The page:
It seems that is the only thing I can really do to make a difference in my school. How can we not use markers? I have heard that you can buy and insert acetone to prolong the life of a marker, or spin them by their tip to squeeze out some ink, but this effort shows the true purpose of these pens – to be thrown out and replaced. They are the historical universal tool alongside paper for most communication, presentation, and education in school.
When it comes to water bottles, the choices seem endless. By now you probably know all the problems with disposable plastic water bottles, even the so called green bottled water have on the environment, but what about you?
Lately there has been a big deal made of Bisphenol A or BPA. BPA is a estrogen hormone mimicking chemical and has been linked with all kinds of bad stuff, including breast cancer, early puberty, and problems in infants and is found in some surprising places including reusable water bottles and canned fruits and vegetables.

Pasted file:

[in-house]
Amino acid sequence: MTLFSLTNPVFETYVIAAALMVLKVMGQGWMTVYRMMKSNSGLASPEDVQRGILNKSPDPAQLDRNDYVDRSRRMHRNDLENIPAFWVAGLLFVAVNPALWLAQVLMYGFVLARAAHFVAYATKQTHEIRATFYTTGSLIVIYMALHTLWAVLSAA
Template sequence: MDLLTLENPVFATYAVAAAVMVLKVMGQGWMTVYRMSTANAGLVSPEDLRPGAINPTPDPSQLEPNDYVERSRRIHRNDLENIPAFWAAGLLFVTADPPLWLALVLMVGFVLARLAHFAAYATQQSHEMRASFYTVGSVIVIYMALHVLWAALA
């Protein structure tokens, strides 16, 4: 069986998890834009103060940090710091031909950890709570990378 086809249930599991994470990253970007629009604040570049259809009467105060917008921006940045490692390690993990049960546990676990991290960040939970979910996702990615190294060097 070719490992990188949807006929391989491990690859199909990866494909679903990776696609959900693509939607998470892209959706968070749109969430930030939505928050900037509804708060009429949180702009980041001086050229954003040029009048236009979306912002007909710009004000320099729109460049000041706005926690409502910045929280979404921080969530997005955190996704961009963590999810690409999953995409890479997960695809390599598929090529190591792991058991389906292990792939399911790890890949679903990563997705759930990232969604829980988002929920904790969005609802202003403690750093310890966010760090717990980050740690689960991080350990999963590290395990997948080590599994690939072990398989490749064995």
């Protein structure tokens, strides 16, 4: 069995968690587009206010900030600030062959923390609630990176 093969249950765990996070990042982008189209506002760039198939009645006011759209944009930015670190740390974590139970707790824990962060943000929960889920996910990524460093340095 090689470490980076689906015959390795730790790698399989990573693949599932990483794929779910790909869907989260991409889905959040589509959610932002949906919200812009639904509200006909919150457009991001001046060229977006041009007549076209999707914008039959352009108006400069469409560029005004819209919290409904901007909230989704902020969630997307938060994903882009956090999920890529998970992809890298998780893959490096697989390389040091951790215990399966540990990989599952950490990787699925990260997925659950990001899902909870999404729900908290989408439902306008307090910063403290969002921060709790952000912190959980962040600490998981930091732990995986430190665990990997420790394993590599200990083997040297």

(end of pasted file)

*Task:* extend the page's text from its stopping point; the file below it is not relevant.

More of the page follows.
This was a problem with some reusable plastic and aluminum bottles (aluminum water bottles require a liner to prevent corrosion). Fortunately this has been addressed for most of the big name manufacturers including new production models of Nalgene, SIGG and Camelbak.
The best way to choose a water bottle to avoid BPA and other toxins, is to select the right one for your needs and use it correctly. Here are the prevalent reusable container options:
Glass or Ceramic water bottles
Good for hot (when insulated) and acidic items, scratch resistant, durability, longevity
Bad for weight, traveling, impact
Stainless Steel water bottles
Good for hot (when insulated) and acidic items, durability, longevity
Bad for weight